The National September 11 Memorial & Museum features two core exhibitions at the foundation of the former World Trade Center complex. A memorial exhibition—In Memoriam—pays tribute to the 2,983 men, women and children killed on 9/11 and in the 1993 WTC bombing. A historical exhibition tells the story of what happened on 9/11 at the three attack sites in the U.S. and around the world. It also explores what led up to the terror strikes, the immediate aftermath, and the ways 9/11 continues to shape our world. On the plaza outside you’ll encounter two reflecting pools, featuring North America’s largest man-made waterfalls.
The New York Transit Museum is housed in an authentic 1936 subway station in Downtown Brooklyn, spanning an entire city block. Head underground to learn about the workers who helped build NYC’s transit tunnels over 100 years ago, get hands-on with some of the city’s oldest subway cars and buses, and discover the always-changing technology and design that keeps the MTA going year after year. This family-friendly museum also showcases bus designs, transit maps, rotating exhibitions, and much more.
Photo by Rick Naramore.
Step inside the landmark Eldridge Street Synagogue and step back in time, as you learn about the Jewish immigrants who found religious freedom in their new country, the opulent sacred space they built in 1887, and the 20th-century restoration that saved this decaying masterpiece. You can experience the magic on a docent-led or self-guided tour.
NYC Museums: Only in New York
Enterprise photo by Svetlana Jovanovic.
The Intrepid Sea, Air & Space Museum is again welcoming visitors to this National Historic Landmark, which served tours of duty in World War II and the Vietnam War. You can explore the entire historic aircraft collection on the aircraft carrier’s flight deck and in the hangar deck. The Intrepid Museum also includes the Space Shuttle Pavilion, home to Enterprise, the world’s first space shuttle, which paved the way for America’s successful space shuttle program. All this year, the museum is celebrating its remarkable journey from its 1982 founding to becoming part of the fabric of New York City and a world-class cultural institution. The commemoration will feature new exhibits, a preview of future restoration of historic spaces, and special virtual and in-person programming. While celebrating its past and present, the Museum will also take an aspirational look forward at its future. This month, the temporary exhibition On the Mend: Restoring Intrepid’s Sick Bay opens, examining the history of medical care on the ship while also illuminating the museum’s current efforts to restore the ship’s sick bay and open it to visitors.
A quick walk from Grand Central, The Morgan Library & Museum began as the private library of financier Pierpont Morgan. Today, the Morgan serves as a museum, research library, musical venue, architectural landmark, and historic site. Housing works by Rembrandt, Picasso, Dickens, and Hemingway, as well as Gutenberg Bibles, the Morgan is in a class of its own.
National Museum of the American Indian George Gustav Heye Center in New York City. Photo by David Sundberg (2016).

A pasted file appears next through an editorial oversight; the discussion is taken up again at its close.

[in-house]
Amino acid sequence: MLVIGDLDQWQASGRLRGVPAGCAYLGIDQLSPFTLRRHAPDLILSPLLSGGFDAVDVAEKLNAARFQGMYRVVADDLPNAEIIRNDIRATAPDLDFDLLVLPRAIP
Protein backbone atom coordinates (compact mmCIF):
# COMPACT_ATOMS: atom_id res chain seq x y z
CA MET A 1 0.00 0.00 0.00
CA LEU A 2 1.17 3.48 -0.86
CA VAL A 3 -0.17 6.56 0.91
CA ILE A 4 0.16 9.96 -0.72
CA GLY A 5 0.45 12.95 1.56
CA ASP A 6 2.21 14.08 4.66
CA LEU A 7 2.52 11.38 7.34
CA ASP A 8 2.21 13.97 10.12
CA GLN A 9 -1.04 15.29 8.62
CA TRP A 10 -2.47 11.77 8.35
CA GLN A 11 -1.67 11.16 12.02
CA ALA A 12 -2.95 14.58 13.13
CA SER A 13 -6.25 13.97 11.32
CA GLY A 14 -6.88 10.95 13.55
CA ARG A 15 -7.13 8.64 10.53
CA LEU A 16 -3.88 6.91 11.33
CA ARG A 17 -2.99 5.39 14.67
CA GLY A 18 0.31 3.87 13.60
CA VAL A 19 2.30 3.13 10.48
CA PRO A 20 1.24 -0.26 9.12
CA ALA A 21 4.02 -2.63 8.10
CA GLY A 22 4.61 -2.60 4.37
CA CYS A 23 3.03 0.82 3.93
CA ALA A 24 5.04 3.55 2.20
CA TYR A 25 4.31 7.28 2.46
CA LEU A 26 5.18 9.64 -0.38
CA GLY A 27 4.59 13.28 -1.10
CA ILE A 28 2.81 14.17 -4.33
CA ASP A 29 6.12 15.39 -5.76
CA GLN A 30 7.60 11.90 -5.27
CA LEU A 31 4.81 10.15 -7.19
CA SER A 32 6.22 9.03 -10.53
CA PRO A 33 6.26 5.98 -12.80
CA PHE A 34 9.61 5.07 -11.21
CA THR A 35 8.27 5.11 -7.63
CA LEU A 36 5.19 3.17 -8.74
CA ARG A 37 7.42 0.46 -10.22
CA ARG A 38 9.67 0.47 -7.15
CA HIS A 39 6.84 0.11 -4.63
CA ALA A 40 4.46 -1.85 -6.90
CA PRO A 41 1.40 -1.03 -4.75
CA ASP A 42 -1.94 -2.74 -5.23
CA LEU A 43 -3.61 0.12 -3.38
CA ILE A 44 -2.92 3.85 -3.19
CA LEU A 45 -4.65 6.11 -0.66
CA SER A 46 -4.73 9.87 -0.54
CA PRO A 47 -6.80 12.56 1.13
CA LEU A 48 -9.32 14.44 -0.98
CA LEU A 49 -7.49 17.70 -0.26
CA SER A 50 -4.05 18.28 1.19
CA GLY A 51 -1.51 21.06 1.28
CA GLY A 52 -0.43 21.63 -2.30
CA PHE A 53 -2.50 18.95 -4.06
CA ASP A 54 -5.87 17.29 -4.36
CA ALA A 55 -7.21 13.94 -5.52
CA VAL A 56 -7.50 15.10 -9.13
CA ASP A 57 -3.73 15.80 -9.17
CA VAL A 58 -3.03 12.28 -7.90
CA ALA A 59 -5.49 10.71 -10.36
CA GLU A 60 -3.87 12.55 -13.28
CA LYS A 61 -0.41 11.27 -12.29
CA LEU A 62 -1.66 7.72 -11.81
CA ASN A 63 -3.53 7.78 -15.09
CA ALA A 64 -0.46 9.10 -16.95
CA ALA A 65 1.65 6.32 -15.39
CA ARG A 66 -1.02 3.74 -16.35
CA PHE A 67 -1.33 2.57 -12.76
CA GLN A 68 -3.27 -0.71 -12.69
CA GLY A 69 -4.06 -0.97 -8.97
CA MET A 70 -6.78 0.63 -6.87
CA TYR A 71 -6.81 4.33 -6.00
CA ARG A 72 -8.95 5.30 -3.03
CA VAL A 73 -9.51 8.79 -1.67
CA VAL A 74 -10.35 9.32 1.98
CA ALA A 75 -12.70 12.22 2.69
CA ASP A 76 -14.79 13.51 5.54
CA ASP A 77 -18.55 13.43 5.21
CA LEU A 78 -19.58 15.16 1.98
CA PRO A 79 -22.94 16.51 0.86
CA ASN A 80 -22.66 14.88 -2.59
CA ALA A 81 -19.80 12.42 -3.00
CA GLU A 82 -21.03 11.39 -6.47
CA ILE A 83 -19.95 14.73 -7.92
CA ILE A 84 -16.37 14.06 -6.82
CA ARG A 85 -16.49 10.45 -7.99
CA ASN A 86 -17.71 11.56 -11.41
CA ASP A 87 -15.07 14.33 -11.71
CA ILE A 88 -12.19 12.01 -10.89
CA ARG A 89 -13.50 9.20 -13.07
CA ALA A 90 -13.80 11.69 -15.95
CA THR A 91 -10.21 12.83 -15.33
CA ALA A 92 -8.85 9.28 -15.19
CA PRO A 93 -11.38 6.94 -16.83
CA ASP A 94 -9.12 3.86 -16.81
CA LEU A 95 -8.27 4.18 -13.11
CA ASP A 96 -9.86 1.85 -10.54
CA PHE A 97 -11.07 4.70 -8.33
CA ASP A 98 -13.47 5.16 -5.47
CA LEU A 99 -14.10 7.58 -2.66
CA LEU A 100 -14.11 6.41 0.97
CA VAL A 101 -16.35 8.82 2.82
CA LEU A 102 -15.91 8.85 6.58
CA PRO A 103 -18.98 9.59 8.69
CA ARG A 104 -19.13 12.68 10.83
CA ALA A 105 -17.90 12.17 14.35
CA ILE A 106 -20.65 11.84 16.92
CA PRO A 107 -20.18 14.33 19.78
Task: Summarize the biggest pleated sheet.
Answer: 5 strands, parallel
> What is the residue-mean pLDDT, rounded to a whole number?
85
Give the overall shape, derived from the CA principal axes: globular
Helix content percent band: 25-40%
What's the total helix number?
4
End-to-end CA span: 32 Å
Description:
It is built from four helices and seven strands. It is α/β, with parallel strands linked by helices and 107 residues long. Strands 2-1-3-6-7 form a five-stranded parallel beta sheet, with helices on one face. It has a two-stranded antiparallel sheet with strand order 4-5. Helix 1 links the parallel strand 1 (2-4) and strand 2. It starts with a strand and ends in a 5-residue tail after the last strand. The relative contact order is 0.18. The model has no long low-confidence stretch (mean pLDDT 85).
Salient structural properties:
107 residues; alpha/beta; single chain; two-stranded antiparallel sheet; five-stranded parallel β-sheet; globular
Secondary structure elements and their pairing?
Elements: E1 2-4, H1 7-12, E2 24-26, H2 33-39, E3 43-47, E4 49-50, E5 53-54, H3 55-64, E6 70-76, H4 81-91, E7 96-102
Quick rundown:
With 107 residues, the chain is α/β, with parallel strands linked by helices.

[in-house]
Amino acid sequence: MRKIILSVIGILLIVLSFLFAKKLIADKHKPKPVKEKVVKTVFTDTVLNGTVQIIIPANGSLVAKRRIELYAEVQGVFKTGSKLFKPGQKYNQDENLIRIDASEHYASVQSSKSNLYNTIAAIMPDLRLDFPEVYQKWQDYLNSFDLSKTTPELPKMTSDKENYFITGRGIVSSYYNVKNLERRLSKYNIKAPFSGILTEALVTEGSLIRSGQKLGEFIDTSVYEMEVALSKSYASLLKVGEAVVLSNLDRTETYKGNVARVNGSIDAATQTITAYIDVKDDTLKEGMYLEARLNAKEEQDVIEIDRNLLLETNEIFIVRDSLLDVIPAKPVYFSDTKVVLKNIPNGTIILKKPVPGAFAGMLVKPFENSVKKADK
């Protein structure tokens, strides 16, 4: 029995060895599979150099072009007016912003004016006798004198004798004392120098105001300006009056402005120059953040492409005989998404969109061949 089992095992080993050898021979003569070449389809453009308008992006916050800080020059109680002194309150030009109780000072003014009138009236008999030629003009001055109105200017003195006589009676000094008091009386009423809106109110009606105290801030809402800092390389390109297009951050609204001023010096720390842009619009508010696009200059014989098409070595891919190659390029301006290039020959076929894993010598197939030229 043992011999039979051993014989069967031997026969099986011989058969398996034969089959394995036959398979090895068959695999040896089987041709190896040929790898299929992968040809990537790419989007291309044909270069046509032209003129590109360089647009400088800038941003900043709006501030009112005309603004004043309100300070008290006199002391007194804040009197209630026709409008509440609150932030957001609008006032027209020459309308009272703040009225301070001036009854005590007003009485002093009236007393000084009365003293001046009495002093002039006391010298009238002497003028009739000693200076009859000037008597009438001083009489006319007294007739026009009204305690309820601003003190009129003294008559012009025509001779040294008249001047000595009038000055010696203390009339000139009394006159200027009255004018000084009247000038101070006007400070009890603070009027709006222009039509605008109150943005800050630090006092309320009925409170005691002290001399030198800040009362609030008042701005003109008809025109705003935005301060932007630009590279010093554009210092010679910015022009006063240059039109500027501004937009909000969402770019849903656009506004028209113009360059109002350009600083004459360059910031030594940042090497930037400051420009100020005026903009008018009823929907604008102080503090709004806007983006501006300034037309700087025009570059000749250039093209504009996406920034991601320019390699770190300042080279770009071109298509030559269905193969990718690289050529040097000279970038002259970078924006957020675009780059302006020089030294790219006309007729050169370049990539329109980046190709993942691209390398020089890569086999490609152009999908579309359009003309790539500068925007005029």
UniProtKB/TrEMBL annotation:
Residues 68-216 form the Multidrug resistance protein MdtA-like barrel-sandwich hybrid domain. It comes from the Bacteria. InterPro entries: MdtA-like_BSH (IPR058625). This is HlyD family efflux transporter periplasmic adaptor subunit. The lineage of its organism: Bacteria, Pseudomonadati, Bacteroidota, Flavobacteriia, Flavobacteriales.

Sitting at the foot of the Wiechquaekeck Trail, an old Algonquin trade route (you might know it better as Broadway), the Smithsonian’s National Museum of the American Indian is where the many nations of America come together in the historic Alexander Hamilton U.S. Custom House.
NYC Museums: Where the Locals Go
The Museum of Jewish Heritage–A Living Memorial to the Holocaust is New York’s contribution to the global responsibility to never forget. The third largest Holocaust museum in the world, the museum anchors the southernmost tip of Manhattan and completes the cultural and educational landscape it shares with the Statue of Liberty and Ellis Island.
The International Center of Photography (ICP) is the world’s leading institution dedicated to photography and visual culture, holding down a new space on the Lower East Side.
Uptown, the New-York Historical Society offers four centuries of history and art, plus the only Children’s History Museum in the area. Don’t miss the transformed fourth floor, where a special permanent gallery holds a detailed re-creation of the White House Oval Office and the Gallery of Tiffany Lamps shows 100 illuminated examples within a dramatically lit, jewel-like space.
Brooklyn has become a tourist destination to rival Manhattan, complete with its own world-class institution: the Brooklyn Museum. Just 20 minutes from Manhattan you’ll find a priceless collection that will surprise you with its range, from ancient Egypt to European masterpieces to a feast of decorative art. There’s even a section dedicated to feminist art, including the iconic ‘70s installation The Dinner Party by Judy Chicago.
You can learn how the mediums of film and television evolved at the newly remade Museum of the Moving Image in Astoria, Queens. Antique cameras and TVs are joined by all kinds of interactive exhibitions, in addition to The Jim Henson Exhibition, which shows how the master puppeteer brought worlds like the Muppets and Sesame Street into being.
Fotografiska New York is a museum experience for the modern world. It’s a destination to discover world-class photography, eclectic programming, and surprising new perspectives. Spanning photographic genres, Fotografiska presents six floors of exhibitions. It’s open late every day, with a vibrant atmosphere unlike any other in the city. There’s music on every floor and drinks for guests to enjoy throughout the museum. The philosophy here is “Have fun. Stay late. Get deep. Spill your drink.“